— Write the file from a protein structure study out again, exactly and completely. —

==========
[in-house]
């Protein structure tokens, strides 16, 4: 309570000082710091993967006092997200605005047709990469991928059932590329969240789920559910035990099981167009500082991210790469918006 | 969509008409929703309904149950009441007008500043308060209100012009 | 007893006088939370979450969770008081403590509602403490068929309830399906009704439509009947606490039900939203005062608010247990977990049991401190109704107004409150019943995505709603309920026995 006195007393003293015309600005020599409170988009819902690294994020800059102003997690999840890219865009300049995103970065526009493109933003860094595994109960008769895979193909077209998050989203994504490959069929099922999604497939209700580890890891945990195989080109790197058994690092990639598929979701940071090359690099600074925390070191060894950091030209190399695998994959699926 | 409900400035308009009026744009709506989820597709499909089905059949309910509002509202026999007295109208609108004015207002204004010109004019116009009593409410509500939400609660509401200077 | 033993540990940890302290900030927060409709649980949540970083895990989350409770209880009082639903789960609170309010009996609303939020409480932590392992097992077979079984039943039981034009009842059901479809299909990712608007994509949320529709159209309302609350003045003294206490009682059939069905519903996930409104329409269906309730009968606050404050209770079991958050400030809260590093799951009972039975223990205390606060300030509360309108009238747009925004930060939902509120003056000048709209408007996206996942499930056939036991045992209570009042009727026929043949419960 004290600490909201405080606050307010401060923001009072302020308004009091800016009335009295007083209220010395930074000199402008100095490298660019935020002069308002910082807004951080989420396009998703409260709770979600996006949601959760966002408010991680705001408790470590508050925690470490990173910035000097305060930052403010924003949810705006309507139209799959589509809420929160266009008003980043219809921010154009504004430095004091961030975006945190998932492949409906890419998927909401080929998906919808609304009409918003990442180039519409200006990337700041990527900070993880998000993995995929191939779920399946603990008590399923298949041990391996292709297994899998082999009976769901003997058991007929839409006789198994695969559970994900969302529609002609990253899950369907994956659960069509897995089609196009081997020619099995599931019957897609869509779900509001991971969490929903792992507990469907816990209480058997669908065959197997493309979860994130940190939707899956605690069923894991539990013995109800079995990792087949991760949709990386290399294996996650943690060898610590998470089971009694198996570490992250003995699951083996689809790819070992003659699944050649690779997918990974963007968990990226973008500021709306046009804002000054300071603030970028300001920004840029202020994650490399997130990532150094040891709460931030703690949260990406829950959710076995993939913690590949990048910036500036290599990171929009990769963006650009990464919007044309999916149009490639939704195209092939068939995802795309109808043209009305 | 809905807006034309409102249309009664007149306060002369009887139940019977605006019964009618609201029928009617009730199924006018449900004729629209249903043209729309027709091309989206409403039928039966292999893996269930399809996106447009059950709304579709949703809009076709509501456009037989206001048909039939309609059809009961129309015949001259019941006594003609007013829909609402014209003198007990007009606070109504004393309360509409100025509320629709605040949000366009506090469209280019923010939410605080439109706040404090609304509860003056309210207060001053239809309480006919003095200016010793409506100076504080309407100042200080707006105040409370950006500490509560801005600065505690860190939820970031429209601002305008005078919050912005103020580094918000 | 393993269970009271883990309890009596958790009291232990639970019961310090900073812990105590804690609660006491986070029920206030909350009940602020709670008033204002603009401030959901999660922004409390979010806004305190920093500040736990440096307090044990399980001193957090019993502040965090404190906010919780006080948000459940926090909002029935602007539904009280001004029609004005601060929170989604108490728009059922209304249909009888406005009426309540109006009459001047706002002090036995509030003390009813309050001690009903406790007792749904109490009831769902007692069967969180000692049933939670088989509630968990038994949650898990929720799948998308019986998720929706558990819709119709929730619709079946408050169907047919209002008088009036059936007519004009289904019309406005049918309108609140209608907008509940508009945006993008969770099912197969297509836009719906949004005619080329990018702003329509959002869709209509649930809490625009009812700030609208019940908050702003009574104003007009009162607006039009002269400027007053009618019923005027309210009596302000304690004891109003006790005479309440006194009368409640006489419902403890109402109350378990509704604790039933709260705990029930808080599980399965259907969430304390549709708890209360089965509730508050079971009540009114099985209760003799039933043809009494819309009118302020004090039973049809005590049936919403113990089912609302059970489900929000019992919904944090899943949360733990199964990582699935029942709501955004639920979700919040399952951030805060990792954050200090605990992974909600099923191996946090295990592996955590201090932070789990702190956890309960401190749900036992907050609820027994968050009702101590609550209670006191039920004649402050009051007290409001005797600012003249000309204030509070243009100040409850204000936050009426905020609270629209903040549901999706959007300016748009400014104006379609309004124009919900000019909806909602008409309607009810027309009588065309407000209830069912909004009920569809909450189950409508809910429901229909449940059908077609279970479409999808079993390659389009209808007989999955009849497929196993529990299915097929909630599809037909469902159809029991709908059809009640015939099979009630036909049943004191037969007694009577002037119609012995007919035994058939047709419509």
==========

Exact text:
[in-house]
């Protein structure tokens, strides 16, 4: 309570000082710091993967006092997200605005047709990469991928059932590329969240789920559910035990099981167009500082991210790469918006 | 969509008409929703309904149950009441007008500043308060209100012009 | 007893006088939370979450969770008081403590509602403490068929309830399906009704439509009947606490039900939203005062608010247990977990049991401190109704107004409150019943995505709603309920026995 006195007393003293015309600005020599409170988009819902690294994020800059102003997690999840890219865009300049995103970065526009493109933003860094595994109960008769895979193909077209998050989203994504490959069929099922999604497939209700580890890891945990195989080109790197058994690092990639598929979701940071090359690099600074925390070191060894950091030209190399695998994959699926 | 409900400035308009009026744009709506989820597709499909089905059949309910509002509202026999007295109208609108004015207002204004010109004019116009009593409410509500939400609660509401200077 | 033993540990940890302290900030927060409709649980949540970083895990989350409770209880009082639903789960609170309010009996609303939020409480932590392992097992077979079984039943039981034009009842059901479809299909990712608007994509949320529709159209309302609350003045003294206490009682059939069905519903996930409104329409269906309730009968606050404050209770079991958050400030809260590093799951009972039975223990205390606060300030509360309108009238747009925004930060939902509120003056000048709209408007996206996942499930056939036991045992209570009042009727026929043949419960 004290600490909201405080606050307010401060923001009072302020308004009091800016009335009295007083209220010395930074000199402008100095490298660019935020002069308002910082807004951080989420396009998703409260709770979600996006949601959760966002408010991680705001408790470590508050925690470490990173910035000097305060930052403010924003949810705006309507139209799959589509809420929160266009008003980043219809921010154009504004430095004091961030975006945190998932492949409906890419998927909401080929998906919808609304009409918003990442180039519409200006990337700041990527900070993880998000993995995929191939779920399946603990008590399923298949041990391996292709297994899998082999009976769901003997058991007929839409006789198994695969559970994900969302529609002609990253899950369907994956659960069509897995089609196009081997020619099995599931019957897609869509779900509001991971969490929903792992507990469907816990209480058997669908065959197997493309979860994130940190939707899956605690069923894991539990013995109800079995990792087949991760949709990386290399294996996650943690060898610590998470089971009694198996570490992250003995699951083996689809790819070992003659699944050649690779997918990974963007968990990226973008500021709306046009804002000054300071603030970028300001920004840029202020994650490399997130990532150094040891709460931030703690949260990406829950959710076995993939913690590949990048910036500036290599990171929009990769963006650009990464919007044309999916149009490639939704195209092939068939995802795309109808043209009305 | 809905807006034309409102249309009664007149306060002369009887139940019977605006019964009618609201029928009617009730199924006018449900004729629209249903043209729309027709091309989206409403039928039966292999893996269930399809996106447009059950709304579709949703809009076709509501456009037989206001048909039939309609059809009961129309015949001259019941006594003609007013829909609402014209003198007990007009606070109504004393309360509409100025509320629709605040949000366009506090469209280019923010939410605080439109706040404090609304509860003056309210207060001053239809309480006919003095200016010793409506100076504080309407100042200080707006105040409370950006500490509560801005600065505690860190939820970031429209601002305008005078919050912005103020580094918000 | 393993269970009271883990309890009596958790009291232990639970019961310090900073812990105590804690609660006491986070029920206030909350009940602020709670008033204002603009401030959901999660922004409390979010806004305190920093500040736990440096307090044990399980001193957090019993502040965090404190906010919780006080948000459940926090909002029935602007539904009280001004029609004005601060929170989604108490728009059922209304249909009888406005009426309540109006009459001047706002002090036995509030003390009813309050001690009903406790007792749904109490009831769902007692069967969180000692049933939670088989509630968990038994949650898990929720799948998308019986998720929706558990819709119709929730619709079946408050169907047919209002008088009036059936007519004009289904019309406005049918309108609140209608907008509940508009945006993008969770099912197969297509836009719906949004005619080329990018702003329509959002869709209509649930809490625009009812700030609208019940908050702003009574104003007009009162607006039009002269400027007053009618019923005027309210009596302000304690004891109003006790005479309440006194009368409640006489419902403890109402109350378990509704604790039933709260705990029930808080599980399965259907969430304390549709708890209360089965509730508050079971009540009114099985209760003799039933043809009494819309009118302020004090039973049809005590049936919403113990089912609302059970489900929000019992919904944090899943949360733990199964990582699935029942709501955004639920979700919040399952951030805060990792954050200090605990992974909600099923191996946090295990592996955590201090932070789990702190956890309960401190749900036992907050609820027994968050009702101590609550209670006191039920004649402050009051007290409001005797600012003249000309204030509070243009100040409850204000936050009426905020609270629209903040549901999706959007300016748009400014104006379609309004124009919900000019909806909602008409309607009810027309009588065309407000209830069912909004009920569809909450189950409508809910429901229909449940059908077609279970479409999808079993390659389009209808007989999955009849497929196993529990299915097929909630599809037909469902159809029991709908059809009640015939099979009630036909049943004191037969007694009577002037119609012995007919035994058939047709419509």